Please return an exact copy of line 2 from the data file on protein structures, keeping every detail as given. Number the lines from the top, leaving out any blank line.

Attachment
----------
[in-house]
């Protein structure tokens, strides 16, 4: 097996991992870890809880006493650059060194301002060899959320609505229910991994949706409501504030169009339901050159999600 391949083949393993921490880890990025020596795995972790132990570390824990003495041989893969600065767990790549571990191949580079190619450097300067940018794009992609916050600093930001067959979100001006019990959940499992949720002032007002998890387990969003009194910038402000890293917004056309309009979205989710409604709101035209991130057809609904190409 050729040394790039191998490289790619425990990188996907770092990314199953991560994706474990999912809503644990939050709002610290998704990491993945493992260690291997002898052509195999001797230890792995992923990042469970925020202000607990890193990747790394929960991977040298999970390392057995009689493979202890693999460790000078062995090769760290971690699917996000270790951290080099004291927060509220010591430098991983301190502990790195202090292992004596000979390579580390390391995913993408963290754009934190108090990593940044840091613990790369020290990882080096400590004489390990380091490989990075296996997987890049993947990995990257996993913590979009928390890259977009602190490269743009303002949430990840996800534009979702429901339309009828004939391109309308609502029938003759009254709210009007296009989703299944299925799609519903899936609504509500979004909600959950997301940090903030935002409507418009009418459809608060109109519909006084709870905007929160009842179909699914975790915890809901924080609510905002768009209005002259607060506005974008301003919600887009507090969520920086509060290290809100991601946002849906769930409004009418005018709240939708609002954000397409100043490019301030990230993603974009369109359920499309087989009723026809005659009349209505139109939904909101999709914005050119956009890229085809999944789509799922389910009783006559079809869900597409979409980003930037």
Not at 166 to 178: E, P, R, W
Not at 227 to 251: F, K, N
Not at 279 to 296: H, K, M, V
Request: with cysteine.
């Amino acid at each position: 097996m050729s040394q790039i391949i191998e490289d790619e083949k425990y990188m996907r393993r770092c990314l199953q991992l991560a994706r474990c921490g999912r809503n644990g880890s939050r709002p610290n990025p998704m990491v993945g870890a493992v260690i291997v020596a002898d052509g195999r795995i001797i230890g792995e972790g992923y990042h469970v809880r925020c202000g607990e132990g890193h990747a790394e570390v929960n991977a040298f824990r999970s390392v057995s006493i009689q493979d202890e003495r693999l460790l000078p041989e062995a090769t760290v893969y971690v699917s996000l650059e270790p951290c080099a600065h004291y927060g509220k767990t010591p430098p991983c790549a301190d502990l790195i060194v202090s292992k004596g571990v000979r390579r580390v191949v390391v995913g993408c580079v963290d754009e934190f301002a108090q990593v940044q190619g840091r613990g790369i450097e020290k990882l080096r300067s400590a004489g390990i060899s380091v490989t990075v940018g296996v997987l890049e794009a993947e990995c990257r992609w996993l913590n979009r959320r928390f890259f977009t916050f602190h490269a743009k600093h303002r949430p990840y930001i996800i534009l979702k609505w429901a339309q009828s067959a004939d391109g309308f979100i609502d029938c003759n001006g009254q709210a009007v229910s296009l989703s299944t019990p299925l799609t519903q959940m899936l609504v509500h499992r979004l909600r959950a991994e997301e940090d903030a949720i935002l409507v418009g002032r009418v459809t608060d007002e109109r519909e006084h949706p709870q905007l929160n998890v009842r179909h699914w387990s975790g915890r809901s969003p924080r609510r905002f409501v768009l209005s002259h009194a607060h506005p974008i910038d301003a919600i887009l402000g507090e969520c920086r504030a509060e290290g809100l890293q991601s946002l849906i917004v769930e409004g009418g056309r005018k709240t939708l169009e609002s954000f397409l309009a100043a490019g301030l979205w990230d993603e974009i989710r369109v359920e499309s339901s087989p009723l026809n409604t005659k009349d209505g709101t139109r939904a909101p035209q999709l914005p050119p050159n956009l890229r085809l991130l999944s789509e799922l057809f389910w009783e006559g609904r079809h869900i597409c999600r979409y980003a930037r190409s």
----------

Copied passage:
């Protein structure tokens, strides 16, 4: 097996991992870890809880006493650059060194301002060899959320609505229910991994949706409501504030169009339901050159999600 391949083949393993921490880890990025020596795995972790132990570390824990003495041989893969600065767990790549571990191949580079190619450097300067940018794009992609916050600093930001067959979100001006019990959940499992949720002032007002998890387990969003009194910038402000890293917004056309309009979205989710409604709101035209991130057809609904190409 050729040394790039191998490289790619425990990188996907770092990314199953991560994706474990999912809503644990939050709002610290998704990491993945493992260690291997002898052509195999001797230890792995992923990042469970925020202000607990890193990747790394929960991977040298999970390392057995009689493979202890693999460790000078062995090769760290971690699917996000270790951290080099004291927060509220010591430098991983301190502990790195202090292992004596000979390579580390390391995913993408963290754009934190108090990593940044840091613990790369020290990882080096400590004489390990380091490989990075296996997987890049993947990995990257996993913590979009928390890259977009602190490269743009303002949430990840996800534009979702429901339309009828004939391109309308609502029938003759009254709210009007296009989703299944299925799609519903899936609504509500979004909600959950997301940090903030935002409507418009009418459809608060109109519909006084709870905007929160009842179909699914975790915890809901924080609510905002768009209005002259607060506005974008301003919600887009507090969520920086509060290290809100991601946002849906769930409004009418005018709240939708609002954000397409100043490019301030990230993603974009369109359920499309087989009723026809005659009349209505139109939904909101999709914005050119956009890229085809999944789509799922389910009783006559079809869900597409979409980003930037």